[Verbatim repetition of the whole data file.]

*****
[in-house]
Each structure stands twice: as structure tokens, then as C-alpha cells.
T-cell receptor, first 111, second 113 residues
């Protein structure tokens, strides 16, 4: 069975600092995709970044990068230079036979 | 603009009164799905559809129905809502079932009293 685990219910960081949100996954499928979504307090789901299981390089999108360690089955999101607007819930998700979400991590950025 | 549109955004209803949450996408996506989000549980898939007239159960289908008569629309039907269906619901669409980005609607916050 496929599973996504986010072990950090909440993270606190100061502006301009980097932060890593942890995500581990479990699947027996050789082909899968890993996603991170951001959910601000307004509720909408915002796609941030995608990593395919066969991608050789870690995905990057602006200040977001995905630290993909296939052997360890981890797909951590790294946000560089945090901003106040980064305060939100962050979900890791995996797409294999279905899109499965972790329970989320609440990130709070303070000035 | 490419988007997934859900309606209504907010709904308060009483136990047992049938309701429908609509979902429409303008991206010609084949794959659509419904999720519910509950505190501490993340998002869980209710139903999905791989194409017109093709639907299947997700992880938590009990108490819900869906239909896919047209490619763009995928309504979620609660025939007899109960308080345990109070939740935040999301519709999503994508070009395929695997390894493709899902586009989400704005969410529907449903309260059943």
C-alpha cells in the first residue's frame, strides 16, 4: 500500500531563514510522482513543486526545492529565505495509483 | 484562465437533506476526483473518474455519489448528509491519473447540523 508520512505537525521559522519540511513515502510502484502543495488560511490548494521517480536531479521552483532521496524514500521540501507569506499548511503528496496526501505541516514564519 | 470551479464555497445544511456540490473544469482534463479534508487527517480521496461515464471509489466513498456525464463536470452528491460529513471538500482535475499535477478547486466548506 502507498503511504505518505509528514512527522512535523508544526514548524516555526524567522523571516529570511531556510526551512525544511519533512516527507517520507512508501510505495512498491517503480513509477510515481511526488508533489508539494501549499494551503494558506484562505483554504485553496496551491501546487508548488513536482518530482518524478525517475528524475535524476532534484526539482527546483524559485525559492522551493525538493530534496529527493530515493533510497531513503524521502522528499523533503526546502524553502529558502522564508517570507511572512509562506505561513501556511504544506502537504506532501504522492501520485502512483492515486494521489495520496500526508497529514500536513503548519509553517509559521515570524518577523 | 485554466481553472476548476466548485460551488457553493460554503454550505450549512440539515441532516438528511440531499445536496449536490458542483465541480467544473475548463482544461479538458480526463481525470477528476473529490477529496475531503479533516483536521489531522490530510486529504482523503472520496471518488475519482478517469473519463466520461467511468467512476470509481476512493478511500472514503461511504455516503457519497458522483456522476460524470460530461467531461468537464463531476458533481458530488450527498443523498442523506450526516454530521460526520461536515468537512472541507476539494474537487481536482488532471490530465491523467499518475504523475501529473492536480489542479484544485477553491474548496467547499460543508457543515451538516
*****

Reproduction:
[in-house]
Each structure stands twice: as structure tokens, then as C-alpha cells.
T-cell receptor, first 111, second 113 residues
């Protein structure tokens, strides 16, 4: 069975600092995709970044990068230079036979 | 603009009164799905559809129905809502079932009293 685990219910960081949100996954499928979504307090789901299981390089999108360690089955999101607007819930998700979400991590950025 | 549109955004209803949450996408996506989000549980898939007239159960289908008569629309039907269906619901669409980005609607916050 496929599973996504986010072990950090909440993270606190100061502006301009980097932060890593942890995500581990479990699947027996050789082909899968890993996603991170951001959910601000307004509720909408915002796609941030995608990593395919066969991608050789870690995905990057602006200040977001995905630290993909296939052997360890981890797909951590790294946000560089945090901003106040980064305060939100962050979900890791995996797409294999279905899109499965972790329970989320609440990130709070303070000035 | 490419988007997934859900309606209504907010709904308060009483136990047992049938309701429908609509979902429409303008991206010609084949794959659509419904999720519910509950505190501490993340998002869980209710139903999905791989194409017109093709639907299947997700992880938590009990108490819900869906239909896919047209490619763009995928309504979620609660025939007899109960308080345990109070939740935040999301519709999503994508070009395929695997390894493709899902586009989400704005969410529907449903309260059943």
C-alpha cells in the first residue's frame, strides 16, 4: 500500500531563514510522482513543486526545492529565505495509483 | 484562465437533506476526483473518474455519489448528509491519473447540523 508520512505537525521559522519540511513515502510502484502543495488560511490548494521517480536531479521552483532521496524514500521540501507569506499548511503528496496526501505541516514564519 | 470551479464555497445544511456540490473544469482534463479534508487527517480521496461515464471509489466513498456525464463536470452528491460529513471538500482535475499535477478547486466548506 502507498503511504505518505509528514512527522512535523508544526514548524516555526524567522523571516529570511531556510526551512525544511519533512516527507517520507512508501510505495512498491517503480513509477510515481511526488508533489508539494501549499494551503494558506484562505483554504485553496496551491501546487508548488513536482518530482518524478525517475528524475535524476532534484526539482527546483524559485525559492522551493525538493530534496529527493530515493533510497531513503524521502522528499523533503526546502524553502529558502522564508517570507511572512509562506505561513501556511504544506502537504506532501504522492501520485502512483492515486494521489495520496500526508497529514500536513503548519509553517509559521515570524518577523 | 485554466481553472476548476466548485460551488457553493460554503454550505450549512440539515441532516438528511440531499445536496449536490458542483465541480467544473475548463482544461479538458480526463481525470477528476473529490477529496475531503479533516483536521489531522490530510486529504482523503472520496471518488475519482478517469473519463466520461467511468467512476470509481476512493478511500472514503461511504455516503457519497458522483456522476460524470460530461467531461468537464463531476458533481458530488450527498443523498442523506450526516454530521460526520461536515468537512472541507476539494474537487481536482488532471490530465491523467499518475504523475501529473492536480489542479484544485477553491474548496467547499460543508457543515451538516